Hitesh Talati: Hitesh Talati, SVP at BGSF very similar experience I've been working on digital transformation and business transformation for the last 20 plus years.

Lyndsey Valin: All right, so let's get into it. So, I'm gonna start with you Kunal. It wasn't too long ago that all software implementations looked the same. They were long, they were waterfall, they were hard, right? So what do you think has changed in recent times, what are businesses really looking for when they think about implementing software solutions these days?

Kunal Kothari: Sure. Absolutely Lyndsey. So, can you guys hear me? So that's actually a very good question because gone are the days wherein clients are looking forward to having five to six to seven months of discovery in design phase, followed by seven to eight months of implementation phase. And then they get to see the value of something that they've implemented 18 months down the line. Nobody has the appetite for that anymore. Clients are today looking for rapid approach to delivery. Agile, fail now fail fast if we have to. So that is the general trend that we see in the market. And this approach has numerous benefits, right? And we are implementing this already with some of the clients. I was giving you an example of a client where we implemented a CRM's case management solution, and we created a prototype for one of... They had eight business units in total where we had to implement this.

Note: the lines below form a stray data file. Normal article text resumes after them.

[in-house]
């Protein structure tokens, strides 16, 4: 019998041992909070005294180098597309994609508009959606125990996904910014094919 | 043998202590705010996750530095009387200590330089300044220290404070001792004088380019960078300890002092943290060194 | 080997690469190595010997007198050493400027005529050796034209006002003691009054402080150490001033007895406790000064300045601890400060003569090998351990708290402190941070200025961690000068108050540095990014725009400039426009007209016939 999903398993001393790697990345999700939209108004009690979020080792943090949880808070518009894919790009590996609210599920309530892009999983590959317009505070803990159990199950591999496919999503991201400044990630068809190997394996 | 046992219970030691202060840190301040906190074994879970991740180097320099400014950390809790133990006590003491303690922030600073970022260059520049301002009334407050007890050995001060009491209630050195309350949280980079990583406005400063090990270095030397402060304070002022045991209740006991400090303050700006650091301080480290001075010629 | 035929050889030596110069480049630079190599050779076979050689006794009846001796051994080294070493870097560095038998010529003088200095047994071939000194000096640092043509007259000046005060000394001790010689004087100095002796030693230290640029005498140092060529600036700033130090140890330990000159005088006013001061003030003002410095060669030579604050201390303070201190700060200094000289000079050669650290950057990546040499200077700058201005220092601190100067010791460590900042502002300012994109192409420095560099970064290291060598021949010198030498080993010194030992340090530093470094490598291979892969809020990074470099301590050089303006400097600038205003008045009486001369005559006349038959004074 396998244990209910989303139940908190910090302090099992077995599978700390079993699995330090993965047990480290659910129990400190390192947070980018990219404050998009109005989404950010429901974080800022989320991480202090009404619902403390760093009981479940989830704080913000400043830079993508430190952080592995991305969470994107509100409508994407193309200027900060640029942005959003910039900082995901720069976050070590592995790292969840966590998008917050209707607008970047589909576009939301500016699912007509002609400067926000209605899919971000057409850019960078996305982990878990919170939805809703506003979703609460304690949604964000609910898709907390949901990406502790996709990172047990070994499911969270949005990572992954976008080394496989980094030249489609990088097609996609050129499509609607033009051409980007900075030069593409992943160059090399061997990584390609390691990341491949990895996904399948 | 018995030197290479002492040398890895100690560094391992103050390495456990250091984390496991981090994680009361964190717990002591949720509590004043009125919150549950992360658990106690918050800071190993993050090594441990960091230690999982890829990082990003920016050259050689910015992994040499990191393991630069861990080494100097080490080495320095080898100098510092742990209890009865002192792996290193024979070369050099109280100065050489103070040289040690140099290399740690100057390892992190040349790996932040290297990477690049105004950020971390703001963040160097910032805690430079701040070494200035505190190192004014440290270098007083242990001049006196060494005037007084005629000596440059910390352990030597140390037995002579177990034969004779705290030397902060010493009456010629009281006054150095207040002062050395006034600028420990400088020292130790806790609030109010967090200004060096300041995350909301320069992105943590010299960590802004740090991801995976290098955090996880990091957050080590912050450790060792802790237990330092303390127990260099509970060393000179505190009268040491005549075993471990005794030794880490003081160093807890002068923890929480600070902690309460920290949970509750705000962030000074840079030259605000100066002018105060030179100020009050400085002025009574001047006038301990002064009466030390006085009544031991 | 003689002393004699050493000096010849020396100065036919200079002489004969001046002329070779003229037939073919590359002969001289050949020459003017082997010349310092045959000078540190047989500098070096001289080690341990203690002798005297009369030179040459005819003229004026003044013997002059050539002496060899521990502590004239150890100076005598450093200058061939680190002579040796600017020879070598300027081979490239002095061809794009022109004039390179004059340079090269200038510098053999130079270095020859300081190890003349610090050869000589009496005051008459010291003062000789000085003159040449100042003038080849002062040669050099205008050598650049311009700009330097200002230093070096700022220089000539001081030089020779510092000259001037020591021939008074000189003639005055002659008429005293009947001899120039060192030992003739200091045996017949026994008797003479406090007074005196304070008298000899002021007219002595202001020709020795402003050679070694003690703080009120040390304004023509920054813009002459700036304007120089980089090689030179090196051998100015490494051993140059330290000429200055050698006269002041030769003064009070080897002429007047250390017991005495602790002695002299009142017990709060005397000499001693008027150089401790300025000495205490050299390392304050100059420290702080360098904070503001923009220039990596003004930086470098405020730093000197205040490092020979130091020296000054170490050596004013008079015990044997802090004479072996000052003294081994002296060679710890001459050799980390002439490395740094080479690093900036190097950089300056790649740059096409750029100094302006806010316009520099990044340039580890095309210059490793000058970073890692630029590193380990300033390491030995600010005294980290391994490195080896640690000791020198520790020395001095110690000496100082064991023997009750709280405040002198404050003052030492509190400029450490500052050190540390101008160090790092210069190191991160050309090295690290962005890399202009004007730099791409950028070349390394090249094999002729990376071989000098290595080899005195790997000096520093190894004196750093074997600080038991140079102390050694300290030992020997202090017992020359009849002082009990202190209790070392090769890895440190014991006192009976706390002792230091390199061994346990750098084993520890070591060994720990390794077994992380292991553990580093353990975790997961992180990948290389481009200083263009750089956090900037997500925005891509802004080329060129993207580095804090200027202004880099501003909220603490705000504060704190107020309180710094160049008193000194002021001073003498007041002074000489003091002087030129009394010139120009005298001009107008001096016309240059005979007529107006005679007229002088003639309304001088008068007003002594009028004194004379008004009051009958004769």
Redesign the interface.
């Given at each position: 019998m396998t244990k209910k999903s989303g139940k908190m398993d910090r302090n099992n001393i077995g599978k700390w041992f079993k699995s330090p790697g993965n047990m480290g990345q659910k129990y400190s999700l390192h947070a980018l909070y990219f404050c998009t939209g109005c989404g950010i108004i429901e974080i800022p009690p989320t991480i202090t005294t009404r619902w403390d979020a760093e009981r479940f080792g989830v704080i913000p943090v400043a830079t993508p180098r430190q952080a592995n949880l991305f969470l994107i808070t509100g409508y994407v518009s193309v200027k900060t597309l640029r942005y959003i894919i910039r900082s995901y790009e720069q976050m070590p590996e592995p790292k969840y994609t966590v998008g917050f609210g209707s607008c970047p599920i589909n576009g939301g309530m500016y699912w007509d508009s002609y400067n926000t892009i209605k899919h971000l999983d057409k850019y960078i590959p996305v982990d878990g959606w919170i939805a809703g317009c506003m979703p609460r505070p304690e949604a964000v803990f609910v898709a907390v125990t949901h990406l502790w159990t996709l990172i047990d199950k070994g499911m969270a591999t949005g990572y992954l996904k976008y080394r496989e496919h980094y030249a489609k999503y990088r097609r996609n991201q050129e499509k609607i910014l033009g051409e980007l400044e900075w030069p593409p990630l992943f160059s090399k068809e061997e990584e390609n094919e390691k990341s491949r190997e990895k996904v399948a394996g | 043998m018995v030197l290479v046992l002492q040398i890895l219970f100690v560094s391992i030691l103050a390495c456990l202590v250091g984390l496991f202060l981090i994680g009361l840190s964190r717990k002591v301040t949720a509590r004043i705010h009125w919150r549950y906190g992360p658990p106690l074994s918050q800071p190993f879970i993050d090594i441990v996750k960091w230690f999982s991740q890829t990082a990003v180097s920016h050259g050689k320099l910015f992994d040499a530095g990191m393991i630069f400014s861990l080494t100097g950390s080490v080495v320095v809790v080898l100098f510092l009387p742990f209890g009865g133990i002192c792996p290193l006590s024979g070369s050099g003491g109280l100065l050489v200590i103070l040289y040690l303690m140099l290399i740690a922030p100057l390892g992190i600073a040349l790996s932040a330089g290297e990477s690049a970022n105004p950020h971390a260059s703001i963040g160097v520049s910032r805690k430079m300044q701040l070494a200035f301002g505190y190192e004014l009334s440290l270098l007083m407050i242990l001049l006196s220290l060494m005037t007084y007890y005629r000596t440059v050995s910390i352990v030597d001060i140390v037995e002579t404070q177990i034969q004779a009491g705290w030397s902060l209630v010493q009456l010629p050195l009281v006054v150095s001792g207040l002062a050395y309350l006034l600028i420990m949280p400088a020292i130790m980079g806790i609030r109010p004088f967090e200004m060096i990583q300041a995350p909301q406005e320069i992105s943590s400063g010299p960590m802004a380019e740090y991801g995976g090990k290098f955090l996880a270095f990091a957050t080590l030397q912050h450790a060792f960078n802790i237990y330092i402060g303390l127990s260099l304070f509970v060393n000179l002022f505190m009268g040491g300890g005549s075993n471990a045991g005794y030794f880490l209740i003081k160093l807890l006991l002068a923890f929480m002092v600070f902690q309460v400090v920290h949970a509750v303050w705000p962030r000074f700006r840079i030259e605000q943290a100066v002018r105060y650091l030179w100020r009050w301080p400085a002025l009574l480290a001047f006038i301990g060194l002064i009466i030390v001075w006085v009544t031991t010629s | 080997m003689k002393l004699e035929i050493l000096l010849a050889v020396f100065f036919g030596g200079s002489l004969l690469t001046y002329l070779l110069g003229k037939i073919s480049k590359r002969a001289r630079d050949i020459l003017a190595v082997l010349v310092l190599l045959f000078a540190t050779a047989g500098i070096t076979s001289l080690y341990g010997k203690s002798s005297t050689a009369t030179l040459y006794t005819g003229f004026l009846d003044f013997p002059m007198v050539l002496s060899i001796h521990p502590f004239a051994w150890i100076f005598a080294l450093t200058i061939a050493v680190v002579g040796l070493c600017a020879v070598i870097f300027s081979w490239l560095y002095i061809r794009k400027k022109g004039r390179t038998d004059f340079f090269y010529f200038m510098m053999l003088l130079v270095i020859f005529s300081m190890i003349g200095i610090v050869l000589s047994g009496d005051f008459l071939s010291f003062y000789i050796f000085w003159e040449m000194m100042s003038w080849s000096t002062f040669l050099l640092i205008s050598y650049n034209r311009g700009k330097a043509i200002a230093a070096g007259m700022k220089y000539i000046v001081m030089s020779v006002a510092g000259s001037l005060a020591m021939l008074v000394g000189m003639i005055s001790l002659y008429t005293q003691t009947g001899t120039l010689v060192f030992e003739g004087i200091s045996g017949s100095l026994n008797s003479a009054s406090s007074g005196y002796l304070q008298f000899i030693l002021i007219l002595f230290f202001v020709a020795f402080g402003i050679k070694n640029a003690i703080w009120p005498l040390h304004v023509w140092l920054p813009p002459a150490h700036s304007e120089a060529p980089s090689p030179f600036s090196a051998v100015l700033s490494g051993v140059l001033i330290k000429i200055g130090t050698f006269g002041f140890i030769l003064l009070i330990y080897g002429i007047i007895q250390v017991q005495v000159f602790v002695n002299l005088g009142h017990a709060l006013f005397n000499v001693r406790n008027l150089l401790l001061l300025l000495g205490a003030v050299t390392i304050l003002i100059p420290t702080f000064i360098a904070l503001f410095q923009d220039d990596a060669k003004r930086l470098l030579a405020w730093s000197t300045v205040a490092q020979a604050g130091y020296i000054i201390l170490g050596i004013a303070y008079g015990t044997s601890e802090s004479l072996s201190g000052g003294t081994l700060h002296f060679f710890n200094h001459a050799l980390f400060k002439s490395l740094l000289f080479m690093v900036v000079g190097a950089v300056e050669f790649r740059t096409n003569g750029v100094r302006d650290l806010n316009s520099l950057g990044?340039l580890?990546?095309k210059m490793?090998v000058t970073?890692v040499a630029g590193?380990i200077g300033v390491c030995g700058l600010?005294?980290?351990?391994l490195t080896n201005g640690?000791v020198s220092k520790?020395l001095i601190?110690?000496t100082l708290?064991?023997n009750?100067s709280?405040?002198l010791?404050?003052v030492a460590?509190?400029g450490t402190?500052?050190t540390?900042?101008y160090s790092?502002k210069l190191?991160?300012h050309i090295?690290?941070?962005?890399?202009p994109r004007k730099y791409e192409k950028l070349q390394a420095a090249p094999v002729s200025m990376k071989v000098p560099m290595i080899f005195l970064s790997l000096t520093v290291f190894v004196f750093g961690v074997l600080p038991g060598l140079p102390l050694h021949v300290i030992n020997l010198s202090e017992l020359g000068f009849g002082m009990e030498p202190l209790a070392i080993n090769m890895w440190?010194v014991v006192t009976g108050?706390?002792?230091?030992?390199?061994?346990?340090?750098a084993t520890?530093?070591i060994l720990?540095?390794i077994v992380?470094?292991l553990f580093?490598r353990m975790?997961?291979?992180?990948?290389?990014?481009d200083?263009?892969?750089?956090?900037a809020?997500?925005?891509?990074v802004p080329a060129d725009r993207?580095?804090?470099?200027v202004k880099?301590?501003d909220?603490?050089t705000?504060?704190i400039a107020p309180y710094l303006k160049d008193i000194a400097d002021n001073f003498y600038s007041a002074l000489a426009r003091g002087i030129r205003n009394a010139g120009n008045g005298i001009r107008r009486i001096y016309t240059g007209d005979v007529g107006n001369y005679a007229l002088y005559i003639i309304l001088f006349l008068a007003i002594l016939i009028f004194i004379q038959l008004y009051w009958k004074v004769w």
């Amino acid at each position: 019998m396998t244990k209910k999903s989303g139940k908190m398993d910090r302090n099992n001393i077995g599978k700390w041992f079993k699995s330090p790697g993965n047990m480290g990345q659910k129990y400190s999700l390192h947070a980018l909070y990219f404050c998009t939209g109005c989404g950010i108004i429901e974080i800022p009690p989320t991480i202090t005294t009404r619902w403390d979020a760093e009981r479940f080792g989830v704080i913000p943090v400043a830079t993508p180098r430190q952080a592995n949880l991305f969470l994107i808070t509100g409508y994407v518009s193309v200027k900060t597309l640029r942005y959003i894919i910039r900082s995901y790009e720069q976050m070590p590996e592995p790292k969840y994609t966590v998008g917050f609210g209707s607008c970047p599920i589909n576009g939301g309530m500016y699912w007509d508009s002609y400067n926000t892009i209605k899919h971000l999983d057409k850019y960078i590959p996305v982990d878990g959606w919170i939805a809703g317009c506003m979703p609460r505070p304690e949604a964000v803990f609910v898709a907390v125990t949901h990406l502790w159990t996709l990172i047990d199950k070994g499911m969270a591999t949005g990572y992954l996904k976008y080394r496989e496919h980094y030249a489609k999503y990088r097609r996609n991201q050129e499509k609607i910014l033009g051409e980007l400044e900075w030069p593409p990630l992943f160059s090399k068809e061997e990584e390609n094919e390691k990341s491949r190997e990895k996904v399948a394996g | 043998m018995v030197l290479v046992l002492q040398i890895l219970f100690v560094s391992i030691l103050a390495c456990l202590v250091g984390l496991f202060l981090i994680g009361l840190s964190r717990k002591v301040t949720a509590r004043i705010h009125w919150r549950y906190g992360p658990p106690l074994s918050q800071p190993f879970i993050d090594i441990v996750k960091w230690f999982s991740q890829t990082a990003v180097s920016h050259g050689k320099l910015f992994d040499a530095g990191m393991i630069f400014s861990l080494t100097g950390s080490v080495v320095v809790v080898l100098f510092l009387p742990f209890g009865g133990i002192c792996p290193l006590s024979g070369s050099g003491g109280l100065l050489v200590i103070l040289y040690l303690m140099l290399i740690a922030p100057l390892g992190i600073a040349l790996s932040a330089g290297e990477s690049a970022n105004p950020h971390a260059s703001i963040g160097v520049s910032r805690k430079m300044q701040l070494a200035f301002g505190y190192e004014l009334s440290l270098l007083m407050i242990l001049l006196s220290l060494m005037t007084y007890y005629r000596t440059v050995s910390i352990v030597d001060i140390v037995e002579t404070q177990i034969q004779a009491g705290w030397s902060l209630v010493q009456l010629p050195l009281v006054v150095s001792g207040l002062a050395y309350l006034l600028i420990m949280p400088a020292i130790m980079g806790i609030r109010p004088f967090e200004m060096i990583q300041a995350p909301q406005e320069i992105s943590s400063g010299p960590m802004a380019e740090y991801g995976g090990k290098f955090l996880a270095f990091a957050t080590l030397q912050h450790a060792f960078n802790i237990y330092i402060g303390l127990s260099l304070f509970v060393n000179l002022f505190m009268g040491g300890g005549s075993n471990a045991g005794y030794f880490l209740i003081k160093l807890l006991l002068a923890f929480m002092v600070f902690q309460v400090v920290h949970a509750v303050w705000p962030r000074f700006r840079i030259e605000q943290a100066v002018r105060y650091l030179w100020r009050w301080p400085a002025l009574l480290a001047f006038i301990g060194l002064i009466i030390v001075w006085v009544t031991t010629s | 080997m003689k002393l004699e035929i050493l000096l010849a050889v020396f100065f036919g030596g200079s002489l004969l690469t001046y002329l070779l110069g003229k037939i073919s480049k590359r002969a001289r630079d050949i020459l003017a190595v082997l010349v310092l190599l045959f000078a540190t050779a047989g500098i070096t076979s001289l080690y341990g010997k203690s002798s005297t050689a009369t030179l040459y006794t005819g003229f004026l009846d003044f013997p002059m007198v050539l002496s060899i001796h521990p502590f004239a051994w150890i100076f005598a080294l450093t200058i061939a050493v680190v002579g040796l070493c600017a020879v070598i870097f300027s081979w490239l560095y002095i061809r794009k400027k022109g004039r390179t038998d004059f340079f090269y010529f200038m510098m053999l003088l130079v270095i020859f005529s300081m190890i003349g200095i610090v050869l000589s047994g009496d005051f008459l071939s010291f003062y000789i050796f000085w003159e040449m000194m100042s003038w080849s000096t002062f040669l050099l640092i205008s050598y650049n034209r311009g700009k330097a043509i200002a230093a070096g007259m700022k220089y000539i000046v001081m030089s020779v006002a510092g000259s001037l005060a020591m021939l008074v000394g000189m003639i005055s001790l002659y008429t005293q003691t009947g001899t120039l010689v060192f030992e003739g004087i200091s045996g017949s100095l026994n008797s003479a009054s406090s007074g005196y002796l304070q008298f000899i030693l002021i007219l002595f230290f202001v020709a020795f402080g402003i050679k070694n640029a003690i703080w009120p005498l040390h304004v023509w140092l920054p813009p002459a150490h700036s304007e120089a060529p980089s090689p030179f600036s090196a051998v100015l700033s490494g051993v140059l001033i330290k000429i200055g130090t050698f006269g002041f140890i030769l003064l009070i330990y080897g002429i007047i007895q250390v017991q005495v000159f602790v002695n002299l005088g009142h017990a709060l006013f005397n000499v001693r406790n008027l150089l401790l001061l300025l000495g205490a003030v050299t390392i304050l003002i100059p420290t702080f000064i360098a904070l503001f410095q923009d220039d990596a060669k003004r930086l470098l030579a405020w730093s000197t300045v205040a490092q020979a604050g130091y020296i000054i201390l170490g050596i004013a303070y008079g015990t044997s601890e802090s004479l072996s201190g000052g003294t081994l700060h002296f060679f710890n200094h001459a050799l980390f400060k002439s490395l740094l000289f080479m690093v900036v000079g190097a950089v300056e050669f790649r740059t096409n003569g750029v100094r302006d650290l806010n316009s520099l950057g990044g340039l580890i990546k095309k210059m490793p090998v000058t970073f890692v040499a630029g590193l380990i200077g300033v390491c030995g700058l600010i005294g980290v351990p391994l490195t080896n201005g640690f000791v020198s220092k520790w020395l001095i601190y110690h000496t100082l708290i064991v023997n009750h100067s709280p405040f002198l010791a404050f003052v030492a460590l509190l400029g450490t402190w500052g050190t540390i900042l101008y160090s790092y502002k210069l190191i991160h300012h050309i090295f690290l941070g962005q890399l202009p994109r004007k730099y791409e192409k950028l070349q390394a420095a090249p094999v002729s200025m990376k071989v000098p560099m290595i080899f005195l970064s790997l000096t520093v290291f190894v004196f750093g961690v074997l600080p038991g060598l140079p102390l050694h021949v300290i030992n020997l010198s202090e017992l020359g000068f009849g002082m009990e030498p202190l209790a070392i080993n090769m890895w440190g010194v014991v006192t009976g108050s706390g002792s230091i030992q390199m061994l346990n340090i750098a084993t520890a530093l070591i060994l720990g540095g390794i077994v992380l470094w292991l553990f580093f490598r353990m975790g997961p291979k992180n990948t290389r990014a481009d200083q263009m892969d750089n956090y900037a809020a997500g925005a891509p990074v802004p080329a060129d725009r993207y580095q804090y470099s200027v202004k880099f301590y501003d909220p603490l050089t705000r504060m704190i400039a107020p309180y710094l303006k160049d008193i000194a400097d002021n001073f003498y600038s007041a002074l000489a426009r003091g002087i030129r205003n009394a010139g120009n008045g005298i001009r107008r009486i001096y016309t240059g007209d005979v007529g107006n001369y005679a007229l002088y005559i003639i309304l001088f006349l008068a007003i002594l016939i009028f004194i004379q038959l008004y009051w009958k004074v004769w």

Kunal Kothari: We took one of their simpler business units. We implemented that solution literally in 10 weeks. And we used that prototype, that pilot release as a basis for the design to further iterate on top of it and roll it out to other business units, right? And that was phenomenally successful, right? We have a go-live coming up in June, we already had two releases, the third release coming up. And people are... We are currently later in the UAT phase with them and things are working, knock on wood pretty well. The other advantage is when you do things in iterative fashion, it really motivates your team members as well, right? When people are working on the same things over for so many months, their energy level keeps on going down. But if you're seeing progress on a continuous basis, progress drives motivation and that's what we see in the market as well. Progress over perfection is what we preach. And it's worked very well for the team that implements it as well as for the clients as well.